Architecture is a discipline universally recognized for its importance, as it plays a fundamental role in people’s lives. Whether you live, work, do business or hold events, everyone needs well-designed spaces. Guaranteeing quality architecture is essential to ensure the integrity and functionality of these sites.
In this context, the architect’s role goes beyond simply ensuring the physical structure of projects. They play a crucial role in all stages, such as:
- Aesthetic design
- Project details
- Material selection
- Construction supervision
Architects are professionals with the power to impact people’s lives, transforming spaces and influencing behaviour.
In this article, we’ll explore three notable architectural projects that incorporated the use of Viroc panels in their construction. The projects were designed by renowned architectural teams. They highlight the importance of the architect in creating high-quality, aesthetically distinctive, functional and sustainable architecture, playing a fundamental role in society.
Mr David Brownlow Theater / Mr Jonathan Tuckey Design
Mr Jonathan Tuckey Design designed and built a new theatre in a school in the South East of England. Committed to “building on the built”, the firm transformed a former parking lot with no character into an essential living space for the school environment.
The theatre, whose design was the result of a competition, was designed to house the school assemblies, music recitals and theatrical productions. It is made up of three unique spaces, providing an accessible experience on all sides.
The intelligent use of natural materials, such as cross-laminated timber (CLT) and Viroc panels, has not only resulted in harmonious aesthetics. The choice of materials allowed for a sustainable construction that produced 40 tons less CO2 compared to traditional methods.
The theatre builds on its surroundings by being consciously distinct in materiality and structure. The warm red tone of the Viroc panels roots the theatre among the earthy bricks of the neighbouring Victorian buildings and more recent additions.
The design is innovative in its use and articulation of sheet materials and flat surfaces. Viroc has been machine-cut to reduce waste and assembled by hand as a joinery object. The interior floor is in polished black Viroc, cut in a pattern that references the ornate stone floors of Renaissance churches.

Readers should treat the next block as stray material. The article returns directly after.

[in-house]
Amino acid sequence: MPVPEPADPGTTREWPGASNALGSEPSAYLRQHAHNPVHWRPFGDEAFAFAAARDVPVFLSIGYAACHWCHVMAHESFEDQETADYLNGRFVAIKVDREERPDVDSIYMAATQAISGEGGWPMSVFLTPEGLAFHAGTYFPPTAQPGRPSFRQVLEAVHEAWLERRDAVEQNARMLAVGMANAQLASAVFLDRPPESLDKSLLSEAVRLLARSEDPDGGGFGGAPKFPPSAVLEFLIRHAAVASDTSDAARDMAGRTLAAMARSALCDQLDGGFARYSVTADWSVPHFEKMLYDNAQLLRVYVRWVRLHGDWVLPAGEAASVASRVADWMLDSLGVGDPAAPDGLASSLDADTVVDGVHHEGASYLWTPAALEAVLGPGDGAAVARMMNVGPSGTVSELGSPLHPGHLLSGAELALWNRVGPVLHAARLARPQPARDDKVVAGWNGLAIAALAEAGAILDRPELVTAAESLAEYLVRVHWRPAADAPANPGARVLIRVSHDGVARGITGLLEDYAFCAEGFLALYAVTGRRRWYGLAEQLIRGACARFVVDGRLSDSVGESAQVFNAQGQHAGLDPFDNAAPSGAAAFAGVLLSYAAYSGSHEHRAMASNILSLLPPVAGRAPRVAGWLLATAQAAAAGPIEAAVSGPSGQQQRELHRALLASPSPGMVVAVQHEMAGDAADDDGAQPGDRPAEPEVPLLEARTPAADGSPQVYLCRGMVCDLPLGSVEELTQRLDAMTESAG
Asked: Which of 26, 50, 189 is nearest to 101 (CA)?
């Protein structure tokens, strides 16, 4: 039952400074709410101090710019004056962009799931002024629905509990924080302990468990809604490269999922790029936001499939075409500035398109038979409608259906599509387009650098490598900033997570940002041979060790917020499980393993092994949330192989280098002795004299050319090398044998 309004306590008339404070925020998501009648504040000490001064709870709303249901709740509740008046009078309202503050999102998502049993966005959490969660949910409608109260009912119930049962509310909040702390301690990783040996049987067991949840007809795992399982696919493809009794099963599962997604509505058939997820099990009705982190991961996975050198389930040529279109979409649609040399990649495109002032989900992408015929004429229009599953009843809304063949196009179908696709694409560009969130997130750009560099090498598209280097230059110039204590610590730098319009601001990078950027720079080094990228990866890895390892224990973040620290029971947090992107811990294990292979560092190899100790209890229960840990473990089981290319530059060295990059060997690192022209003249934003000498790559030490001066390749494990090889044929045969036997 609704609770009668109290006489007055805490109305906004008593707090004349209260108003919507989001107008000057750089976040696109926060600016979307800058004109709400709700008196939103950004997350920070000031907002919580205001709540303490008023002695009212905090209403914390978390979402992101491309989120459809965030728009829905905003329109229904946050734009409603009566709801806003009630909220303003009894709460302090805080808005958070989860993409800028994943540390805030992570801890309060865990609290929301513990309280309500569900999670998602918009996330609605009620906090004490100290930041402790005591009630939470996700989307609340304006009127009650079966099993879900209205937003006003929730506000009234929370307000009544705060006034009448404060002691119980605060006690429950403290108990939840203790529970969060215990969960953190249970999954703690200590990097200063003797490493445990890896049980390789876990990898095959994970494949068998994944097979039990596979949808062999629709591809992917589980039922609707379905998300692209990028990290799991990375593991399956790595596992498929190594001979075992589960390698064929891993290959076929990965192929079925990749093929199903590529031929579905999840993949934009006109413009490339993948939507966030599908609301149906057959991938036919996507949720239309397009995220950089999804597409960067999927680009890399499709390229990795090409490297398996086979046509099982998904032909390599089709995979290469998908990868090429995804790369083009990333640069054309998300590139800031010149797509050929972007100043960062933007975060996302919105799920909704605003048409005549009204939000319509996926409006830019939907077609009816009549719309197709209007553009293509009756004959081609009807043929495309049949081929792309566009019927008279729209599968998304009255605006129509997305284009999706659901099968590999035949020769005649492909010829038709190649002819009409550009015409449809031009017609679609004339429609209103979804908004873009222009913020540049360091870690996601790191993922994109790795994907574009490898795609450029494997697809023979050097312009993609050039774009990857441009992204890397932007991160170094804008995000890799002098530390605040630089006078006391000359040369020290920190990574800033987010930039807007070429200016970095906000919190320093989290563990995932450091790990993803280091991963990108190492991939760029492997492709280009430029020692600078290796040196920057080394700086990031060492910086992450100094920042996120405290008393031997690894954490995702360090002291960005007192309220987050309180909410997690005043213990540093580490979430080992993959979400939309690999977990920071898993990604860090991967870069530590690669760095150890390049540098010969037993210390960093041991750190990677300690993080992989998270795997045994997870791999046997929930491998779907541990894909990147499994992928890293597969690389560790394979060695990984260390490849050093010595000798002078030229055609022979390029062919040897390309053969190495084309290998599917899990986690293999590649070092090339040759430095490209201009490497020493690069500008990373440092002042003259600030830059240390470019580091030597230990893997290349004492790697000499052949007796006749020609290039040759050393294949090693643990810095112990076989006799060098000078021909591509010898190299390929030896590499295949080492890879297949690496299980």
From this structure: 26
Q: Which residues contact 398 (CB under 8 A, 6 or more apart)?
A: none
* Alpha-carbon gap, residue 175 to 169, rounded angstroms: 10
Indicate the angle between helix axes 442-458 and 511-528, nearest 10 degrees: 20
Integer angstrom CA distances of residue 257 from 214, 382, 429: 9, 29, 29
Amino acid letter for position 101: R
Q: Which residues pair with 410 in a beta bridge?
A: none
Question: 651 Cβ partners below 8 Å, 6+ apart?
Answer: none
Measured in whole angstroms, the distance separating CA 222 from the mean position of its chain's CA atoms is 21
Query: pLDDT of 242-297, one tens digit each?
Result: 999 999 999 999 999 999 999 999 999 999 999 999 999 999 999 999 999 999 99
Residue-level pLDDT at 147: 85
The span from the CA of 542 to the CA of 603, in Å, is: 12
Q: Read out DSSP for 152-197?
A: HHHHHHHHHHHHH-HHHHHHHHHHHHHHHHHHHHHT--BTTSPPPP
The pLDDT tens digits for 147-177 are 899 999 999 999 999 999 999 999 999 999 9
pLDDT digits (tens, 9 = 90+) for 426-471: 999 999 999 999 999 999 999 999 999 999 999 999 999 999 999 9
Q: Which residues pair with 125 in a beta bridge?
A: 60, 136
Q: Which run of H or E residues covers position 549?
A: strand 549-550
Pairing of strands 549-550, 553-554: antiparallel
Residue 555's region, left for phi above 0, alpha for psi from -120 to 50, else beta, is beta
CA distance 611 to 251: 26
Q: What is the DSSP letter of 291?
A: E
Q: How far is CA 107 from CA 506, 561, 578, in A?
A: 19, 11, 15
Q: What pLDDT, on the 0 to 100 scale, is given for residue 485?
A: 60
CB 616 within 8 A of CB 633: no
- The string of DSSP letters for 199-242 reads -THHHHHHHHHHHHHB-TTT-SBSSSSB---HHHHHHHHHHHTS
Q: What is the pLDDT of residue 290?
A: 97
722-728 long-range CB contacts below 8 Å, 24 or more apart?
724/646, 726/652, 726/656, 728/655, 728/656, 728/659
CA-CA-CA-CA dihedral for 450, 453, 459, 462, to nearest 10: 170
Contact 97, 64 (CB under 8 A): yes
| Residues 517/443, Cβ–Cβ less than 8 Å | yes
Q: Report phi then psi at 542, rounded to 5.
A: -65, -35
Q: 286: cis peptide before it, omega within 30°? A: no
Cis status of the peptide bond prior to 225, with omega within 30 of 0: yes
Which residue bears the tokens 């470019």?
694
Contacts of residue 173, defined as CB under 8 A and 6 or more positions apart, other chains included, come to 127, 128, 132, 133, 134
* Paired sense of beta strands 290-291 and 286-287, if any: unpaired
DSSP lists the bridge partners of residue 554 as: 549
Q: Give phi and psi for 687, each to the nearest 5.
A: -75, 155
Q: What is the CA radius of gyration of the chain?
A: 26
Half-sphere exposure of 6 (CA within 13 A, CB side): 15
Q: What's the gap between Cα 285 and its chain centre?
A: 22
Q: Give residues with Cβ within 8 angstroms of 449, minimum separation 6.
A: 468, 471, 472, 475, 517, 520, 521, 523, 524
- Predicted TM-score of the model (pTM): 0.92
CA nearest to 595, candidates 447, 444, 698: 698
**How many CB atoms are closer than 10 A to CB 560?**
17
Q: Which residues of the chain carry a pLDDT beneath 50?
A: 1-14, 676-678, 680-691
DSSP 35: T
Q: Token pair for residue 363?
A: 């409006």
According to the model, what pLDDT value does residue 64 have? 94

Library of Sant Martí Sarroca / Valor-Llimós architecture
Located within the Park de la Pau in Spain, the library designed by Valor-Llimós architecture is more than just a building. It has become an elevated viewpoint that visually connects all the inhabited areas of the municipality.
The building consists of a first floor volume, half-underground to the north and open to the south, adapting to the existing slope.
The landscaped roof forms a large overhang in the southwest corner that greets pedestrians and escorts them into the building. It recovers the park that the building will occupy and becomes an elevated viewpoint. From the viewpoint, you can see the inhabited areas of the town, from the growth to the north to the historic castle complex to the south, passing through the old quarter.
With “A” energy certification and sustainable strategies such as a green roof and photovoltaic panels, the library is an example of energy efficiency. The use of grey Viroc on the facades not only contributes to energy efficiency, but also blends in perfectly with the park’s environment.
Maison826 / Nuno Ferreira Cover
Maison826, located in Braga, Portugal, is a project that has transformed a closed space into a hairdressing salon, cultural space and concept store. The project embraces the “unfinished” aesthetic, preserving concrete structural elements and creating unique spatial relationships.
Divided into four levels that are open to each other, the concept allowed for the preservation of existing materials, concrete pillars and beams, as well as the unfinished wall solutions that define the intervention. In each space, a long opaque curtain sets boundaries, allowing it to be closed, transforming the space. This highly flexible element helps to define other spatial identities and luminosities according to the intended use. Cladding the façades and interior walls with grey Viroc gave them a modern and durable appearance, in keeping with the rusticity of the environment.
These projects are striking examples of how architecture can be a harmonious marriage between creativity and functionality. They highlight the role of architects in creating spaces that not only meet practical needs, but also enrich the human experience and the environment around us.
Discover more projects by Viroc, which are a benchmark for quality and efficiency.